What do you think about the "Top ## jQuery Plugins" type of blog entries?

Posted 9 years.

9 Comments

  • Veerabahu - 9 years ago

    Top jquery plugins on each category with brief text on their pros and cons will be much helpful than a flat list

  • DeaconDaniel - 9 years ago

    Not every jQuery plugin is relevant to what I do, so that's why I went w/ "sometimes".

  • TheRegge - 9 years ago

    Like all lists, they are good when short (Funny, I just twitted about this morning @TheRegge). Long lists hard for me to efficiently bookmark them in Delicious. I have noticed like many others, that the jQuery lists are extremely repetitive... I guess because, after working with jQuery just a little while, it's relatively easy to reproduce most of those plugins with your own code, which to my opinion feels much better and makes the plugin production relatively dry. Wordpress plugins are more complex and often times more interesting for the single front end developer.

  • Alex Sexton - 9 years ago

    I think they are a huge help to people who don't have a huge desire to get into the nitty gritty and find the best tool for their project. I think there is definitely a place for them, but I pretty much ignore them myself.

    A few of us have considered this for a while, but what would be infinitely more helpful (to everybody) is a central place where _all_ plugins could be submitted and reviewed and ranked by the community. You could create the 'Top 10' lists and keep them dynamically updated. I can't count how many times I've come across top 10 lists that are outdated, or just wrong.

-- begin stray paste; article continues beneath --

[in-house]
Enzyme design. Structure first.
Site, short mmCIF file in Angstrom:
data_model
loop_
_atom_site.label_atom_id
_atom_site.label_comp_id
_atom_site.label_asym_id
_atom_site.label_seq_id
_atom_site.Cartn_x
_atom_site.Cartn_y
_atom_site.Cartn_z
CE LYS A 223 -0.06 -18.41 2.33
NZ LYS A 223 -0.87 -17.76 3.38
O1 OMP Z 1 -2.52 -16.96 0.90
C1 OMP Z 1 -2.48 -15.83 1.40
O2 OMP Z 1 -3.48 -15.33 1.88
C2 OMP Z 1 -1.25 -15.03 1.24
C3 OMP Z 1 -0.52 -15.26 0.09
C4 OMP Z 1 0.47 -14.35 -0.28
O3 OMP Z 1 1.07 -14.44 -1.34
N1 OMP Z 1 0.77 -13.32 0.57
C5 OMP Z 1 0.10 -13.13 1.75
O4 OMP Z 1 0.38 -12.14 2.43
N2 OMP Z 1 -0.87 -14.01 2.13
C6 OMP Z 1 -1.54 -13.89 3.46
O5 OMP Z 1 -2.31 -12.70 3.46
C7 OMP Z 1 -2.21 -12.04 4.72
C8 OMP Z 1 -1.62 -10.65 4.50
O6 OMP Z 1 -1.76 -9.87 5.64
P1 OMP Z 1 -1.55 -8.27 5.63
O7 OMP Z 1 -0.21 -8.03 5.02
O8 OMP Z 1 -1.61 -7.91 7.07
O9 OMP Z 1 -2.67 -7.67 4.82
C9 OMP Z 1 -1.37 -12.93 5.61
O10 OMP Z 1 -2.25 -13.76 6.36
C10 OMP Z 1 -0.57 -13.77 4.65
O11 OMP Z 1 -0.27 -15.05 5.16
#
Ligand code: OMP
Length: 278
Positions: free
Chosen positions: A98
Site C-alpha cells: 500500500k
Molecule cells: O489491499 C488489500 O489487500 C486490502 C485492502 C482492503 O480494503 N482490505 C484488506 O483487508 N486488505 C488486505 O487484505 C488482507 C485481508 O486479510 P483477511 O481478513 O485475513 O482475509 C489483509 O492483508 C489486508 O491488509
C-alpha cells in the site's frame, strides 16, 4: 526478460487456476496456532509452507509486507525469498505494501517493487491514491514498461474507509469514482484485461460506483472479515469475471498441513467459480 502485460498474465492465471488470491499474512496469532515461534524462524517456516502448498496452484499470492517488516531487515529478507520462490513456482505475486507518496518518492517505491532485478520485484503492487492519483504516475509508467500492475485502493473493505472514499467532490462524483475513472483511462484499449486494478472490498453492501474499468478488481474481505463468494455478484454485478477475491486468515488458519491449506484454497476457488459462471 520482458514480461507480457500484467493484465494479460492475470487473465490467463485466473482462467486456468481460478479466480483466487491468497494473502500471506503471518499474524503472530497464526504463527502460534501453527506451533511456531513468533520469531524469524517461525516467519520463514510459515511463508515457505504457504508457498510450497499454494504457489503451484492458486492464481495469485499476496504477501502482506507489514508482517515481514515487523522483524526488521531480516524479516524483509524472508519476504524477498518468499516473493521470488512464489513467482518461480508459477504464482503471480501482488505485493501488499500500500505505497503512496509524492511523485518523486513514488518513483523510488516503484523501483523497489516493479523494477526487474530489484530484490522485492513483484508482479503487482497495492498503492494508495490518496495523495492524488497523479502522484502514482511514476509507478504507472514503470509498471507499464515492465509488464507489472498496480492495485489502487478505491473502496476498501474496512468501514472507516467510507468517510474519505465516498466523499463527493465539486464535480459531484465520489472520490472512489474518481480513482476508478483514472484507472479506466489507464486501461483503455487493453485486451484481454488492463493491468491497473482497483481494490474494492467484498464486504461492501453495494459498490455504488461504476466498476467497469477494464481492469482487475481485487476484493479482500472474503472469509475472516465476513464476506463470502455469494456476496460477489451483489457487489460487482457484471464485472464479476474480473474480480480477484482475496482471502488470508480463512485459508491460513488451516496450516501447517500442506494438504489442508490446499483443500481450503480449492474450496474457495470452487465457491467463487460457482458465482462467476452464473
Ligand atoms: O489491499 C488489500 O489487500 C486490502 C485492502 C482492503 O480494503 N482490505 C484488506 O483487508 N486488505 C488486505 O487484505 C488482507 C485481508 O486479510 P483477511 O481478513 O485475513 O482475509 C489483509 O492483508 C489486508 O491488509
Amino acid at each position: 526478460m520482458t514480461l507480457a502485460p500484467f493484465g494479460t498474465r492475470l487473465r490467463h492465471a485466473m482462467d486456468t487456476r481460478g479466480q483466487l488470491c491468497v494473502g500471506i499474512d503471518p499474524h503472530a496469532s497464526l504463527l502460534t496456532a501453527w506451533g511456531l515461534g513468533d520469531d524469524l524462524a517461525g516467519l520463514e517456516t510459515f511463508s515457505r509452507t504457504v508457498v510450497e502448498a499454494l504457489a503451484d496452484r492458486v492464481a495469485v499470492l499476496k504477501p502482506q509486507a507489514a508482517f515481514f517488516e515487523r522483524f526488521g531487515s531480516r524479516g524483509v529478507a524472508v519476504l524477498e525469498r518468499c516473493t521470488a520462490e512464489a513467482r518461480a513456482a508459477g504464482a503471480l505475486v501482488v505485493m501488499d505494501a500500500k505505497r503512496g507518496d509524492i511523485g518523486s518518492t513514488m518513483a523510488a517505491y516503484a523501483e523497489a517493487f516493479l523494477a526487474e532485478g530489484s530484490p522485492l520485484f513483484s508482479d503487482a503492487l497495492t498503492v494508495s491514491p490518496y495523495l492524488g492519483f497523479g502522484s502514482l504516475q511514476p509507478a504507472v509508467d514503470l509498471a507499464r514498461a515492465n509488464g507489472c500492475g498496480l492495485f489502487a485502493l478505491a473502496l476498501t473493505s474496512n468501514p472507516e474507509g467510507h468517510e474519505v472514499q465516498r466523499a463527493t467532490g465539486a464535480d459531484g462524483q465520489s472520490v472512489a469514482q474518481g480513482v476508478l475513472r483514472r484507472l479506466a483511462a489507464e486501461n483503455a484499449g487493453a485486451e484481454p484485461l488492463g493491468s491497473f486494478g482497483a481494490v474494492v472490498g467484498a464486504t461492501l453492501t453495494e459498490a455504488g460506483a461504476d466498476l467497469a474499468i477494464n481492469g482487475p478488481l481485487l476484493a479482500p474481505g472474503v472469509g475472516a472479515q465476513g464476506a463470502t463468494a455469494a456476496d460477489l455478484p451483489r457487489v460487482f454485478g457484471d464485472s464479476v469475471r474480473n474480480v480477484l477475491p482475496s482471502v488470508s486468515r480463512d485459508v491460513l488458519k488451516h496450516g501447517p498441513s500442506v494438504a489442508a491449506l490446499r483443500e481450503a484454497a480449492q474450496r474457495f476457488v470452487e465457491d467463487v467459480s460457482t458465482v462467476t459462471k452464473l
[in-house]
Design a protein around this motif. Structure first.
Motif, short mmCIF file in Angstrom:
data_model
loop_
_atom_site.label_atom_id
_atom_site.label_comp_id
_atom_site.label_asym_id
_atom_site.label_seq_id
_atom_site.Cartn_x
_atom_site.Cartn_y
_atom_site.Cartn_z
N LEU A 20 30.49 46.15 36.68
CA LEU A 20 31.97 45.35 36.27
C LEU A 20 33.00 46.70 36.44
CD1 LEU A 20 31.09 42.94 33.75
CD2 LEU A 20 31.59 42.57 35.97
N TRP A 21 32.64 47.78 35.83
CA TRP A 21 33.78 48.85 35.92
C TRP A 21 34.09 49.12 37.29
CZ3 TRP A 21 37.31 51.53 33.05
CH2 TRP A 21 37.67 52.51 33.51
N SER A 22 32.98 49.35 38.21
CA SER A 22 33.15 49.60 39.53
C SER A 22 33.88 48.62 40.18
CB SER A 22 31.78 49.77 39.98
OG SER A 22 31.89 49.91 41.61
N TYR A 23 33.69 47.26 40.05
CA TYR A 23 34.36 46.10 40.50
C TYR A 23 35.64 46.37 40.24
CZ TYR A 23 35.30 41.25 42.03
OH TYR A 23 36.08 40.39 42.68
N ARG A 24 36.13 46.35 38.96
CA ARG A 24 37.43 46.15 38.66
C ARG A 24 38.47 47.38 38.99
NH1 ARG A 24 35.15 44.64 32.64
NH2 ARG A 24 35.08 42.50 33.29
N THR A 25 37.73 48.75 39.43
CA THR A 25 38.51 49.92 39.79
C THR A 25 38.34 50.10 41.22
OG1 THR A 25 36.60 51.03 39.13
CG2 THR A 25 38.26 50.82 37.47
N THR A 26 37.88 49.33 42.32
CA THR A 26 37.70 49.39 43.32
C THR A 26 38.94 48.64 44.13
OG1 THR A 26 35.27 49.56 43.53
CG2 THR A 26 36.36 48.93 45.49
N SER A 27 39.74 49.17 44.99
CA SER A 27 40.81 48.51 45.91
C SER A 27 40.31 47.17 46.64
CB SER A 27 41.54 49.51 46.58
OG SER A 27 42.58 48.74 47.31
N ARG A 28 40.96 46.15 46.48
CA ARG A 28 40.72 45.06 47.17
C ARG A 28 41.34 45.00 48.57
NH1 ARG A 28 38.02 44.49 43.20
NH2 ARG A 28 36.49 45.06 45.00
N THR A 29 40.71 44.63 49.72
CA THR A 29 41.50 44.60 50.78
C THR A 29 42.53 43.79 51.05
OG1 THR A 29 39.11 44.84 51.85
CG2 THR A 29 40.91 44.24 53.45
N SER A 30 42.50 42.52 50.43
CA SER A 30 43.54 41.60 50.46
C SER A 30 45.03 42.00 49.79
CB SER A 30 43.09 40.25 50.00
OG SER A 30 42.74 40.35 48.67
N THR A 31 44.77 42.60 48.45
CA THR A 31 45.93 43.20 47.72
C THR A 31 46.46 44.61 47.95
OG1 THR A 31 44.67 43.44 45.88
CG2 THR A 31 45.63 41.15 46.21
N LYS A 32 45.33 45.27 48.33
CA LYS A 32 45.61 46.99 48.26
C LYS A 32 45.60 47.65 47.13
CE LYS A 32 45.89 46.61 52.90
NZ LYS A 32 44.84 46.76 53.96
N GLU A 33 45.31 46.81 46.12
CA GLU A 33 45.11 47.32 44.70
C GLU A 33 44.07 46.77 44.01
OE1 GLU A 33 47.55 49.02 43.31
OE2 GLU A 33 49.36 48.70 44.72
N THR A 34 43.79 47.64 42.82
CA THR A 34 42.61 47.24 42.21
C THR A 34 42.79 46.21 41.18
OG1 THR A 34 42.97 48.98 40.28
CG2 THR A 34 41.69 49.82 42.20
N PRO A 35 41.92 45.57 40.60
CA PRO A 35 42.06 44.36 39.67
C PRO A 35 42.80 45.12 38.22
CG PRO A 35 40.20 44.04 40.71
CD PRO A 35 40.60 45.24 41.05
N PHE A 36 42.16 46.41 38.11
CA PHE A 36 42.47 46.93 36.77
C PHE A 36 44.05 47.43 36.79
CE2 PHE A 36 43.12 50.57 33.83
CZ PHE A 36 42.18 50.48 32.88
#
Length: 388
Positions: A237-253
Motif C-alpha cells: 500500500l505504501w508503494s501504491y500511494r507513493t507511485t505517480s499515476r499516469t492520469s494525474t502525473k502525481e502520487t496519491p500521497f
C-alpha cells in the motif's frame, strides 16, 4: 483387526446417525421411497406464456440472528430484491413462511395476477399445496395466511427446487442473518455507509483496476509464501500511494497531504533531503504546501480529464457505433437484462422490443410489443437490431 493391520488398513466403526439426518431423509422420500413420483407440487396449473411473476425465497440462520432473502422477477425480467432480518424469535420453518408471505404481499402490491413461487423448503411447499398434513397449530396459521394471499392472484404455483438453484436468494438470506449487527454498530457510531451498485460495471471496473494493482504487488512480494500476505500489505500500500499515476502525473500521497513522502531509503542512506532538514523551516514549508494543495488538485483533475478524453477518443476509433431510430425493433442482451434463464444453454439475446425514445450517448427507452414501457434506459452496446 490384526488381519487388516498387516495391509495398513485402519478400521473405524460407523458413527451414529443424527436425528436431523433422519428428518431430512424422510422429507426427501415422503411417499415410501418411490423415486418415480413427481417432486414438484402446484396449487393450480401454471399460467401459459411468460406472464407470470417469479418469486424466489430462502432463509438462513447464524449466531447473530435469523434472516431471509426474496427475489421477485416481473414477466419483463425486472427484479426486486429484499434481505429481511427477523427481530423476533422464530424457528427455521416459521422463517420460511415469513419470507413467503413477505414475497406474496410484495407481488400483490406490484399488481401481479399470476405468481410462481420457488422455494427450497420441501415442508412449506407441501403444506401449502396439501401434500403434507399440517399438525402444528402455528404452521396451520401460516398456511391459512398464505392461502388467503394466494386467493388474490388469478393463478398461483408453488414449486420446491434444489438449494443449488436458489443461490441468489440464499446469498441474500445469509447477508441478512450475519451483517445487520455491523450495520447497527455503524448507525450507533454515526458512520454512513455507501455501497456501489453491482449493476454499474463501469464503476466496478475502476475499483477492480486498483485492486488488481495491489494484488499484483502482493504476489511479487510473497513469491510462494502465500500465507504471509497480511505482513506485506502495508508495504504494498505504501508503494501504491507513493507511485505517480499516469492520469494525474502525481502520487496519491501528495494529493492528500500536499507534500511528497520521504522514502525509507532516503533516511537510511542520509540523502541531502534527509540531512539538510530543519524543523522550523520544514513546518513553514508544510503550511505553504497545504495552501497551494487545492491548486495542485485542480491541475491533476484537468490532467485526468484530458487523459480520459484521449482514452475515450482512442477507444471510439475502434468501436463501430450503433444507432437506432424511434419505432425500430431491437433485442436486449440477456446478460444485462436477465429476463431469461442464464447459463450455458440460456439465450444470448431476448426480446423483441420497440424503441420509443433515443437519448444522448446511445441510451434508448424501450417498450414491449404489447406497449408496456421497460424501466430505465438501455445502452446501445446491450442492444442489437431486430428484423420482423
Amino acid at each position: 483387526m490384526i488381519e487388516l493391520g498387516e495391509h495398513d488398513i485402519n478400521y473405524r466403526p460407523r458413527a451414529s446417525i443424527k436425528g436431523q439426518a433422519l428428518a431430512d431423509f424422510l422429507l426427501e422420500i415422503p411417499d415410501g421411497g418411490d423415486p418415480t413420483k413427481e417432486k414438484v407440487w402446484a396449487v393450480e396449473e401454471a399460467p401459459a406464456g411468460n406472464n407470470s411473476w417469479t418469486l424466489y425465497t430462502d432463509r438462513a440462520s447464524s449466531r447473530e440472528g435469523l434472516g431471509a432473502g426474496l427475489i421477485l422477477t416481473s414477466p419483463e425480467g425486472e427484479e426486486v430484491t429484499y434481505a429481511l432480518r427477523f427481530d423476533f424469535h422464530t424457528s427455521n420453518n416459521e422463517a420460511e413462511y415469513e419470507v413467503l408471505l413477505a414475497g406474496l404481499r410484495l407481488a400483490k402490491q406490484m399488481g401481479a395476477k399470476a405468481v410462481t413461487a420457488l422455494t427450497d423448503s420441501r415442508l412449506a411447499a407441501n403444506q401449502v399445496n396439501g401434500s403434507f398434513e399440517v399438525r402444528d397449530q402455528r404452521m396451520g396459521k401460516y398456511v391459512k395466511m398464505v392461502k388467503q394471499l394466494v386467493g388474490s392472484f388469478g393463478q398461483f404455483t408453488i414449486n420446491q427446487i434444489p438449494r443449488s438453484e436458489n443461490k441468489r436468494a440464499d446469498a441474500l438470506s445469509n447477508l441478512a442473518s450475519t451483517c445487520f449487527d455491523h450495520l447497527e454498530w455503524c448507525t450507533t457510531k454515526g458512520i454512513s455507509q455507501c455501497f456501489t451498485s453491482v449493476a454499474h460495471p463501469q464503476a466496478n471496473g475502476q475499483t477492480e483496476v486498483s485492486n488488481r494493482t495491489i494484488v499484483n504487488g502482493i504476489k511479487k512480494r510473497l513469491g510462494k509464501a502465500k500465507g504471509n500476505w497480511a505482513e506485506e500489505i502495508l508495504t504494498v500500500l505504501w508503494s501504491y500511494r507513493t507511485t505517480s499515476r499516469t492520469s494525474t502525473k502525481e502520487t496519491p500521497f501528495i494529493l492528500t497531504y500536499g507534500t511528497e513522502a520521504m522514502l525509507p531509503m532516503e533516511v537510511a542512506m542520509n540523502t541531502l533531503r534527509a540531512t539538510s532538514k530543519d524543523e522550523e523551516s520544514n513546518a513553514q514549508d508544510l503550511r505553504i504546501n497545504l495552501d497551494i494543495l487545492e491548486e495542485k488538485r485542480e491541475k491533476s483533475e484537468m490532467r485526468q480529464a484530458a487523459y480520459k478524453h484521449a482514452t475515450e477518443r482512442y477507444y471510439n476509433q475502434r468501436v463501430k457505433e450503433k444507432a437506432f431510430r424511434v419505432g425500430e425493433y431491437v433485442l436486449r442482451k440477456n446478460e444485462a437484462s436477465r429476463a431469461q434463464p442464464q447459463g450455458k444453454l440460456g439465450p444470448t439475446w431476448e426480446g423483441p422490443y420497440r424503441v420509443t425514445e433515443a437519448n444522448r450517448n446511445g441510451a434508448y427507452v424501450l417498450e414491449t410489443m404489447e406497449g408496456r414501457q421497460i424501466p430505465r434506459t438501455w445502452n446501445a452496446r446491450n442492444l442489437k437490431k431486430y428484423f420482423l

Having a single place, with community input (and maybe some 'pro recommended' sections or something) would solve most of those problems right away. I know the plugins section of jquery.com kind of has all of this, but it's mainly lacking in the ability to easily show the best plugin for a specific job (rather than the closest matched search result).

    Instead of 10 lists that give me different plugins that are the 'top' for a single category - how about one list that's got all of the lists' inputs, that doesn't get old and outdated?

    There is clearly a 'market' or 'desire' for these types of posts (regardless of my affinity towards them), so I vote that we try to make sure that when we do have this sort of stuff out there, that they are at least correct.

  • Nate - 9 years ago

    I love being introduced to new plugins, but those lists tend to be huge, time consuming to follow and are sometimes repetitive. I think it's better to single out exceptional plugins or choose Top ## lists sparingly.

  • Michael Risser - 9 years ago

    I find them quite useful, I've found some amazingly useful plugins through them.

    True, some of them are out dated, and they do tend to be redundant, but they still tend to be quite useful, at least to me.

  • Dave Ward - 9 years ago

    It depends completely on the quality. The overwhelming majority of them are just noise at this point, because people know it's a shortcut to getting traffic without putting much effort in.

    However, they can be useful when done well. I think the litmus test is whether or not they contain copy-pasted text. If descriptions are just copied from the plugin's website (or worse, no text at all as is not uncommon), the list is probably worthless.

    If I have to choose one option though, Janko said it best: http://www.jankoatwarpspeed.com/post/2009/11/27/things-I-like-about-list-posts.aspx

  • Leo Balter - 9 years ago

    Top plugins posts can rely on plugins that goes unused sometime after. They actually can indicate discontinued plugins saying they're the best.

    If you're looking for best plugins posts you should pay attention when they were posted. This is a kind important.

    An example is the thickbox plugin.

  • John - 9 years ago

    They can be really redundant at times, recirculating the same plugins over and over again which gets old really fast.

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